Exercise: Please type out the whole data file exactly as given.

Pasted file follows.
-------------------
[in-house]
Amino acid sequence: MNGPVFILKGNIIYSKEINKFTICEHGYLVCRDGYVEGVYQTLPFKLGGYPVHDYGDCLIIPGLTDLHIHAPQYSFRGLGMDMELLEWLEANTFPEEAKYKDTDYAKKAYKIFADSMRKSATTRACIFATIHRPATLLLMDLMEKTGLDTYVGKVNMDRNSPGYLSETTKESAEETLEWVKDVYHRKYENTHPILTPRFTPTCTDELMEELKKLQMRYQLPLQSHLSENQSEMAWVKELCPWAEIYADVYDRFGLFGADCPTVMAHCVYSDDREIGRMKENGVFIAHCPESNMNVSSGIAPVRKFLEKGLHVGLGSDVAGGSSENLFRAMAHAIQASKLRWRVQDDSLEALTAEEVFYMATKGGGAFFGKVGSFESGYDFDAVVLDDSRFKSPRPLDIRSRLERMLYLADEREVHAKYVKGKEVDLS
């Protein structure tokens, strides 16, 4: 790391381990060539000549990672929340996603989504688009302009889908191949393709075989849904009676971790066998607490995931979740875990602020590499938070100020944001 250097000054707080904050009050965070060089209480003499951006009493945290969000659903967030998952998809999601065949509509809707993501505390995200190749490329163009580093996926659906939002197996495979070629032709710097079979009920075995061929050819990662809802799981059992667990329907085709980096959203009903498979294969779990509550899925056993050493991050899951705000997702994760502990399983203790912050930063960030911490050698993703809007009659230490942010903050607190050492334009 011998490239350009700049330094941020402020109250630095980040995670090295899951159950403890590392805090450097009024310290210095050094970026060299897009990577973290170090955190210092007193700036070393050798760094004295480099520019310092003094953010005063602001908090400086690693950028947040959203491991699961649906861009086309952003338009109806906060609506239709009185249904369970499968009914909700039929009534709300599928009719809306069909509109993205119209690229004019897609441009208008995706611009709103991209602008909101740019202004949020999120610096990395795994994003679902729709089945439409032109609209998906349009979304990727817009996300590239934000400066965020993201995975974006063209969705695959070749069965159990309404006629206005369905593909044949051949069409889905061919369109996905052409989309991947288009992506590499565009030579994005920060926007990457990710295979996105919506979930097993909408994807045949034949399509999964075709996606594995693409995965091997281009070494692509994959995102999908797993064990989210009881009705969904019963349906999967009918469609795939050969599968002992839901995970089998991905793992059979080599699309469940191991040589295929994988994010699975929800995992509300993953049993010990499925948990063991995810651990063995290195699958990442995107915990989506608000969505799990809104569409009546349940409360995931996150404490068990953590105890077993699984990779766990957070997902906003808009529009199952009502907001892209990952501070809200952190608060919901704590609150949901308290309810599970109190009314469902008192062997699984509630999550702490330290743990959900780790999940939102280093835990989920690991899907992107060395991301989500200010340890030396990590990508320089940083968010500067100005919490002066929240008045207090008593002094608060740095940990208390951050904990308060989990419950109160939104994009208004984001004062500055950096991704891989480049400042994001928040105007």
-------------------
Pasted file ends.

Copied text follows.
[in-house]
Amino acid sequence: MNGPVFILKGNIIYSKEINKFTICEHGYLVCRDGYVEGVYQTLPFKLGGYPVHDYGDCLIIPGLTDLHIHAPQYSFRGLGMDMELLEWLEANTFPEEAKYKDTDYAKKAYKIFADSMRKSATTRACIFATIHRPATLLLMDLMEKTGLDTYVGKVNMDRNSPGYLSETTKESAEETLEWVKDVYHRKYENTHPILTPRFTPTCTDELMEELKKLQMRYQLPLQSHLSENQSEMAWVKELCPWAEIYADVYDRFGLFGADCPTVMAHCVYSDDREIGRMKENGVFIAHCPESNMNVSSGIAPVRKFLEKGLHVGLGSDVAGGSSENLFRAMAHAIQASKLRWRVQDDSLEALTAEEVFYMATKGGGAFFGKVGSFESGYDFDAVVLDDSRFKSPRPLDIRSRLERMLYLADEREVHAKYVKGKEVDLS
């Protein structure tokens, strides 16, 4: 790391381990060539000549990672929340996603989504688009302009889908191949393709075989849904009676971790066998607490995931979740875990602020590499938070100020944001 250097000054707080904050009050965070060089209480003499951006009493945290969000659903967030998952998809999601065949509509809707993501505390995200190749490329163009580093996926659906939002197996495979070629032709710097079979009920075995061929050819990662809802799981059992667990329907085709980096959203009903498979294969779990509550899925056993050493991050899951705000997702994760502990399983203790912050930063960030911490050698993703809007009659230490942010903050607190050492334009 011998490239350009700049330094941020402020109250630095980040995670090295899951159950403890590392805090450097009024310290210095050094970026060299897009990577973290170090955190210092007193700036070393050798760094004295480099520019310092003094953010005063602001908090400086690693950028947040959203491991699961649906861009086309952003338009109806906060609506239709009185249904369970499968009914909700039929009534709300599928009719809306069909509109993205119209690229004019897609441009208008995706611009709103991209602008909101740019202004949020999120610096990395795994994003679902729709089945439409032109609209998906349009979304990727817009996300590239934000400066965020993201995975974006063209969705695959070749069965159990309404006629206005369905593909044949051949069409889905061919369109996905052409989309991947288009992506590499565009030579994005920060926007990457990710295979996105919506979930097993909408994807045949034949399509999964075709996606594995693409995965091997281009070494692509994959995102999908797993064990989210009881009705969904019963349906999967009918469609795939050969599968002992839901995970089998991905793992059979080599699309469940191991040589295929994988994010699975929800995992509300993953049993010990499925948990063991995810651990063995290195699958990442995107915990989506608000969505799990809104569409009546349940409360995931996150404490068990953590105890077993699984990779766990957070997902906003808009529009199952009502907001892209990952501070809200952190608060919901704590609150949901308290309810599970109190009314469902008192062997699984509630999550702490330290743990959900780790999940939102280093835990989920690991899907992107060395991301989500200010340890030396990590990508320089940083968010500067100005919490002066929240008045207090008593002094608060740095940990208390951050904990308060989990419950109160939104994009208004984001004062500055950096991704891989480049400042994001928040105007």